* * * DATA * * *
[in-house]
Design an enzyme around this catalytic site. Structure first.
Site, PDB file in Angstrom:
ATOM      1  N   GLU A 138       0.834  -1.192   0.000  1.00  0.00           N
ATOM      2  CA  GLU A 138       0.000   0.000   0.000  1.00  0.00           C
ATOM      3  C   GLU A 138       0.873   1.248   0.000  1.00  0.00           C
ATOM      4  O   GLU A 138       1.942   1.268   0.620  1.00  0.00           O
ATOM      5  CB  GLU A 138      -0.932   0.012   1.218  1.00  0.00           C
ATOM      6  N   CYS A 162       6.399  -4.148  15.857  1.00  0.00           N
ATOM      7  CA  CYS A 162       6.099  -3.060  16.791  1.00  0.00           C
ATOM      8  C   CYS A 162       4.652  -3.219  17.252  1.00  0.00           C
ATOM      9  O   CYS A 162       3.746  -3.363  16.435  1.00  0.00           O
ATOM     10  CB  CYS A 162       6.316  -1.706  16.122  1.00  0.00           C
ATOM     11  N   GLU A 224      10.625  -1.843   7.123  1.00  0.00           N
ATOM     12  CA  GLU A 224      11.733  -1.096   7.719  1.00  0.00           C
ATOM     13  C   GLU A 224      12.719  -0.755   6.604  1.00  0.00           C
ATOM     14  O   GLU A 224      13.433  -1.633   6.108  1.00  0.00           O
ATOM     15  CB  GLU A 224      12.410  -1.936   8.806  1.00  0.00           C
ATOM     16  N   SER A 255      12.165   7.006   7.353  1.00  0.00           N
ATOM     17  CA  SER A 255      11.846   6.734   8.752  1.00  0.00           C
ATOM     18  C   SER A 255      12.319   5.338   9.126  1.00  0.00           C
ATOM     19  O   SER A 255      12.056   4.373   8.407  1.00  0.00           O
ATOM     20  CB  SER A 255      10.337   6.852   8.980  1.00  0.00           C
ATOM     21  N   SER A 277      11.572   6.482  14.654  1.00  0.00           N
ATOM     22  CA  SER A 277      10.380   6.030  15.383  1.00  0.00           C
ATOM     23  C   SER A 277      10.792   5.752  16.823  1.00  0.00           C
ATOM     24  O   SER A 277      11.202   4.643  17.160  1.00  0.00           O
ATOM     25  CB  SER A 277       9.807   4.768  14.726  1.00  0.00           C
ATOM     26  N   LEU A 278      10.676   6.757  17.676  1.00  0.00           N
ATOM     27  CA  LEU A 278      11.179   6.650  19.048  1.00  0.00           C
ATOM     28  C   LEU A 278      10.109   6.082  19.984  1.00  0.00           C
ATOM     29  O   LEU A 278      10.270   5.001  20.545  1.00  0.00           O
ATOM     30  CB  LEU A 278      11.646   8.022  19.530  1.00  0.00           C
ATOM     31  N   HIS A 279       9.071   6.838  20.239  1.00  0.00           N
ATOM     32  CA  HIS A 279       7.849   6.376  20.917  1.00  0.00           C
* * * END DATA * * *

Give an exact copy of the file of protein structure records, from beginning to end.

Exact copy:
[in-house]
Design an enzyme around this catalytic site. Structure first.
Site, PDB file in Angstrom:
ATOM      1  N   GLU A 138       0.834  -1.192   0.000  1.00  0.00           N
ATOM      2  CA  GLU A 138       0.000   0.000   0.000  1.00  0.00           C
ATOM      3  C   GLU A 138       0.873   1.248   0.000  1.00  0.00           C
ATOM      4  O   GLU A 138       1.942   1.268   0.620  1.00  0.00           O
ATOM      5  CB  GLU A 138      -0.932   0.012   1.218  1.00  0.00           C
ATOM      6  N   CYS A 162       6.399  -4.148  15.857  1.00  0.00           N
ATOM      7  CA  CYS A 162       6.099  -3.060  16.791  1.00  0.00           C
ATOM      8  C   CYS A 162       4.652  -3.219  17.252  1.00  0.00           C
ATOM      9  O   CYS A 162       3.746  -3.363  16.435  1.00  0.00           O
ATOM     10  CB  CYS A 162       6.316  -1.706  16.122  1.00  0.00           C
ATOM     11  N   GLU A 224      10.625  -1.843   7.123  1.00  0.00           N
ATOM     12  CA  GLU A 224      11.733  -1.096   7.719  1.00  0.00           C
ATOM     13  C   GLU A 224      12.719  -0.755   6.604  1.00  0.00           C
ATOM     14  O   GLU A 224      13.433  -1.633   6.108  1.00  0.00           O
ATOM     15  CB  GLU A 224      12.410  -1.936   8.806  1.00  0.00           C
ATOM     16  N   SER A 255      12.165   7.006   7.353  1.00  0.00           N
ATOM     17  CA  SER A 255      11.846   6.734   8.752  1.00  0.00           C
ATOM     18  C   SER A 255      12.319   5.338   9.126  1.00  0.00           C
ATOM     19  O   SER A 255      12.056   4.373   8.407  1.00  0.00           O
ATOM     20  CB  SER A 255      10.337   6.852   8.980  1.00  0.00           C
ATOM     21  N   SER A 277      11.572   6.482  14.654  1.00  0.00           N
ATOM     22  CA  SER A 277      10.380   6.030  15.383  1.00  0.00           C
ATOM     23  C   SER A 277      10.792   5.752  16.823  1.00  0.00           C
ATOM     24  O   SER A 277      11.202   4.643  17.160  1.00  0.00           O
ATOM     25  CB  SER A 277       9.807   4.768  14.726  1.00  0.00           C
ATOM     26  N   LEU A 278      10.676   6.757  17.676  1.00  0.00           N
ATOM     27  CA  LEU A 278      11.179   6.650  19.048  1.00  0.00           C
ATOM     28  C   LEU A 278      10.109   6.082  19.984  1.00  0.00           C
ATOM     29  O   LEU A 278      10.270   5.001  20.545  1.00  0.00           O
ATOM     30  CB  LEU A 278      11.646   8.022  19.530  1.00  0.00           C
ATOM     31  N   HIS A 279       9.071   6.838  20.239  1.00  0.00           N
ATOM     32  CA  HIS A 279       7.849   6.376  20.917  1.00  0.00           C